I’m Medieval peasanting my way to Eucharistic Coherence

When I heard that the U.S. Conference of Catholic Bishops planned to speak out on eucharistic coherence, my eyes bugged out. They were going to talk about something American Catholics cared about, that is pertinent to our life and world today, that is inherently important? Our U.S.C.C.B.? There are a handful of individual bishops I admire, but as a whole, the U.S.C.C.B. can be depended on to put out documents called things like “De dispositione sellarum navalium” (loosely: “On Rearranging Deck Chairs”). But a statement about eucharistic coherence sounded like they got hold of something real, something we could really use right now. I decided to pay attention.

But I have been busy, and every time I opened Twitter, I realized that more of the “Biden-Communion-U.S.C.C.B.-will they-won’t-they” discourse had gone on without me. There had been another podcast, another bit of analysis, another impassioned personal essay and countless other hot takes, and I wasn’t keeping up. I feel a sickening tug of guilt, like when you didn’t do the homework and you thought you could skate by, but the teacher just announced that the thing you didn’t read is definitely going to be on the test.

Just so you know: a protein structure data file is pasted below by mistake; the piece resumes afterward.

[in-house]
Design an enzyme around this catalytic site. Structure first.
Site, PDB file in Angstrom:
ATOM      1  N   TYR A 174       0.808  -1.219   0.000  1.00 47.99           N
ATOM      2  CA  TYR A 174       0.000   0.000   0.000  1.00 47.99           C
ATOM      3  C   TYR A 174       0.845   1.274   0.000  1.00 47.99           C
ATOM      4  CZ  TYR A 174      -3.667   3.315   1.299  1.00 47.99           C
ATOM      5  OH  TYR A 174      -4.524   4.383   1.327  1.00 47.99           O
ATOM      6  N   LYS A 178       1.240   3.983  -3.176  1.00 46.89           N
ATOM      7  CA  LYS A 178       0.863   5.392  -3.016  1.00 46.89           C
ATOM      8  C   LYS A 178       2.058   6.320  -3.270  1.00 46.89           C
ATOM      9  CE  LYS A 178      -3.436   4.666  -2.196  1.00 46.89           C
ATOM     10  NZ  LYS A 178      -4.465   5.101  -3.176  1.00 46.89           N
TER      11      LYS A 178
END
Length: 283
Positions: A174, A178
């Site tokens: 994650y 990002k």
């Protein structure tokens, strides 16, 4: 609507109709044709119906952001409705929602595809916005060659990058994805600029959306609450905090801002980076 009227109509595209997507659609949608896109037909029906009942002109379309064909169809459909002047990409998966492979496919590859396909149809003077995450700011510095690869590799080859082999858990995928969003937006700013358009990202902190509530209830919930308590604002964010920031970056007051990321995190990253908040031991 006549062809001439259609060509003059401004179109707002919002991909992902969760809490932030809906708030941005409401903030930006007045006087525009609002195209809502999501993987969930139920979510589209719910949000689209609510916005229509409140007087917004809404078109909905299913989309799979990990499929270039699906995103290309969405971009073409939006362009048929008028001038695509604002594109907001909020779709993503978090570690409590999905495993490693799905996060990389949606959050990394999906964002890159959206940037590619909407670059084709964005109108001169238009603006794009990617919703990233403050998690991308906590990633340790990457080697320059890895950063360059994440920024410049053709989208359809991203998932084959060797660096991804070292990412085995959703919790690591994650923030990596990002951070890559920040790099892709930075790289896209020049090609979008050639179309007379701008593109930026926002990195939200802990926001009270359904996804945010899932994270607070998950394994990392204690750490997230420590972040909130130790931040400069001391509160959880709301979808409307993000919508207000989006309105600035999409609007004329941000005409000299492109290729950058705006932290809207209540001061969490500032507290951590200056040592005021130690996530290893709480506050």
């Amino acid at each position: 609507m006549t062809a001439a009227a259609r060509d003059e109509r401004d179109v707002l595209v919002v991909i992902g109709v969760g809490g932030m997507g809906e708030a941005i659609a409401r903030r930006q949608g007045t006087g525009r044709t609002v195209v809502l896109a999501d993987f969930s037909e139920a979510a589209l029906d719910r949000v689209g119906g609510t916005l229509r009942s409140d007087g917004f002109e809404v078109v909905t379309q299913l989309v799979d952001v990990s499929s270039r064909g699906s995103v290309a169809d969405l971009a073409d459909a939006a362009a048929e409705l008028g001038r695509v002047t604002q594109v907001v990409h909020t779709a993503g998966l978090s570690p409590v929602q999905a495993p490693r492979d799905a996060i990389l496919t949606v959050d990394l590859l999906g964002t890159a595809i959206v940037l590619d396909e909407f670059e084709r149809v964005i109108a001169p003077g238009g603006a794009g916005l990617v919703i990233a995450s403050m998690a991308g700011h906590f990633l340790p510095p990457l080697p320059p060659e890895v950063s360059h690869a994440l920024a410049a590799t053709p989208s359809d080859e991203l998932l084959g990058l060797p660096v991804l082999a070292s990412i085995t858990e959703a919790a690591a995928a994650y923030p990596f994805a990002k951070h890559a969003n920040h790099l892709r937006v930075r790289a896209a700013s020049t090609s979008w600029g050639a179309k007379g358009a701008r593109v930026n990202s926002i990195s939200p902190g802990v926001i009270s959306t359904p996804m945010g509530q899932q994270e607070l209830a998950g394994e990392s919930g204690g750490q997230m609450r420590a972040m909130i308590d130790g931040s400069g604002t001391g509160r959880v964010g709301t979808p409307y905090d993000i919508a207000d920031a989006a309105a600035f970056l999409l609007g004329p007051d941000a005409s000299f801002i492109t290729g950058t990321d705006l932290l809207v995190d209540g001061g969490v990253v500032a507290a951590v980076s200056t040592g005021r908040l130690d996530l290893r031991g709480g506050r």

If this is you, I am here to tell you: This will not be on the test.

I am not saying that the issues of who can and cannot, should and should not receive the Eucharist aren’t important or relevant. They’re important because the Eucharist is the source and summit of our faith, and if questions about it are not relevant to us, then what possibly could be?

And it’s relevant because so many people do take their moral cues from public figures, for better or worse. Some Catholics took their cues from Donald J. Trump, and now some are taking their cues from President Joe Biden. It’s relevant because non-Catholics are learning about what the church considers important. It’s relevant because many of us are still raw after having peeled ourselves painfully away from what has become of conservatism. Many of us care fervently about protecting the lives of the unborn but also about protecting the lives of immigrants and people of color and prisoners and gay people, and we are tired of being told we have to choose one side or the other if we want to be on the side of Christ. Many of us care about the Real Presence, and because we love the Lord, we do not want to see his precious body and blood treated like a weapon or a bribe or a talking point.

Coherence is what we need, eucharistic and otherwise. This is not a coherent age. Retweets and ratios and podcasts and hot takes, yes. Banging gongs and clashing cymbals, yes. Coherence, no.